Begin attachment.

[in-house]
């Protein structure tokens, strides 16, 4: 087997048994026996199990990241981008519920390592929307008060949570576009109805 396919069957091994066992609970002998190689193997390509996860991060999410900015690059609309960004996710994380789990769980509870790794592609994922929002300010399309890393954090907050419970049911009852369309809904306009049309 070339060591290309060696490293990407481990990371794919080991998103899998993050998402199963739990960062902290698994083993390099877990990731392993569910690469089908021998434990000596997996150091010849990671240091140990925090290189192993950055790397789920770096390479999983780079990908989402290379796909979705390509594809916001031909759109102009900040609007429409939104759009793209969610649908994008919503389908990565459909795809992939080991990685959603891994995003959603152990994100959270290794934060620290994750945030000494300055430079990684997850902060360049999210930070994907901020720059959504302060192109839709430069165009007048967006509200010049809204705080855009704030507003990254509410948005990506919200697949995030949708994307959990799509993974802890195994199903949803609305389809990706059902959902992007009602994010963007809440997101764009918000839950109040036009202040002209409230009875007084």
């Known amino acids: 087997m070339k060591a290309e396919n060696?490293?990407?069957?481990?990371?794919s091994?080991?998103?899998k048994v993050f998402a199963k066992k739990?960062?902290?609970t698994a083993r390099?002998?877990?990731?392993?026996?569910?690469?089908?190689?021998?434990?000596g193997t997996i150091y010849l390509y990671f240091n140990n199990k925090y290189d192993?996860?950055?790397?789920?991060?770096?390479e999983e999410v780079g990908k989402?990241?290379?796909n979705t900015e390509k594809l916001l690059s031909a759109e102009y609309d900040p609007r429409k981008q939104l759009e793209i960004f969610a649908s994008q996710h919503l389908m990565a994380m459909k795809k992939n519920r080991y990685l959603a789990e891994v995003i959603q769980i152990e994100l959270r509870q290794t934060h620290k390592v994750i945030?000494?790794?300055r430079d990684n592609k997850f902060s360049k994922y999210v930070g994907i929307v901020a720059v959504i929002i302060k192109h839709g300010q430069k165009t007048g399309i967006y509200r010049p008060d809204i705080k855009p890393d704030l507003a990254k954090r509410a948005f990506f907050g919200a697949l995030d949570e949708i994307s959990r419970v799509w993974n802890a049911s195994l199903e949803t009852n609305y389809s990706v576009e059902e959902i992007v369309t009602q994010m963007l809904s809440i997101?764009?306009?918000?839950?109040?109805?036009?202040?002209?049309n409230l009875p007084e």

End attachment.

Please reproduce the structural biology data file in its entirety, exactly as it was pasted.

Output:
[in-house]
């Protein structure tokens, strides 16, 4: 087997048994026996199990990241981008519920390592929307008060949570576009109805 396919069957091994066992609970002998190689193997390509996860991060999410900015690059609309960004996710994380789990769980509870790794592609994922929002300010399309890393954090907050419970049911009852369309809904306009049309 070339060591290309060696490293990407481990990371794919080991998103899998993050998402199963739990960062902290698994083993390099877990990731392993569910690469089908021998434990000596997996150091010849990671240091140990925090290189192993950055790397789920770096390479999983780079990908989402290379796909979705390509594809916001031909759109102009900040609007429409939104759009793209969610649908994008919503389908990565459909795809992939080991990685959603891994995003959603152990994100959270290794934060620290994750945030000494300055430079990684997850902060360049999210930070994907901020720059959504302060192109839709430069165009007048967006509200010049809204705080855009704030507003990254509410948005990506919200697949995030949708994307959990799509993974802890195994199903949803609305389809990706059902959902992007009602994010963007809440997101764009918000839950109040036009202040002209409230009875007084």
């Known amino acids: 087997m070339k060591a290309e396919n060696?490293?990407?069957?481990?990371?794919s091994?080991?998103?899998k048994v993050f998402a199963k066992k739990?960062?902290?609970t698994a083993r390099?002998?877990?990731?392993?026996?569910?690469?089908?190689?021998?434990?000596g193997t997996i150091y010849l390509y990671f240091n140990n199990k925090y290189d192993?996860?950055?790397?789920?991060?770096?390479e999983e999410v780079g990908k989402?990241?290379?796909n979705t900015e390509k594809l916001l690059s031909a759109e102009y609309d900040p609007r429409k981008q939104l759009e793209i960004f969610a649908s994008q996710h919503l389908m990565a994380m459909k795809k992939n519920r080991y990685l959603a789990e891994v995003i959603q769980i152990e994100l959270r509870q290794t934060h620290k390592v994750i945030?000494?790794?300055r430079d990684n592609k997850f902060s360049k994922y999210v930070g994907i929307v901020a720059v959504i929002i302060k192109h839709g300010q430069k165009t007048g399309i967006y509200r010049p008060d809204i705080k855009p890393d704030l507003a990254k954090r509410a948005f990506f907050g919200a697949l995030d949570e949708i994307s959990r419970v799509w993974n802890a049911s195994l199903e949803t009852n609305y389809s990706v576009e059902e959902i992007v369309t009602q994010m963007l809904s809440i997101?764009?306009?918000?839950?109040?109805?036009?202040?002209?049309n409230l009875p007084e």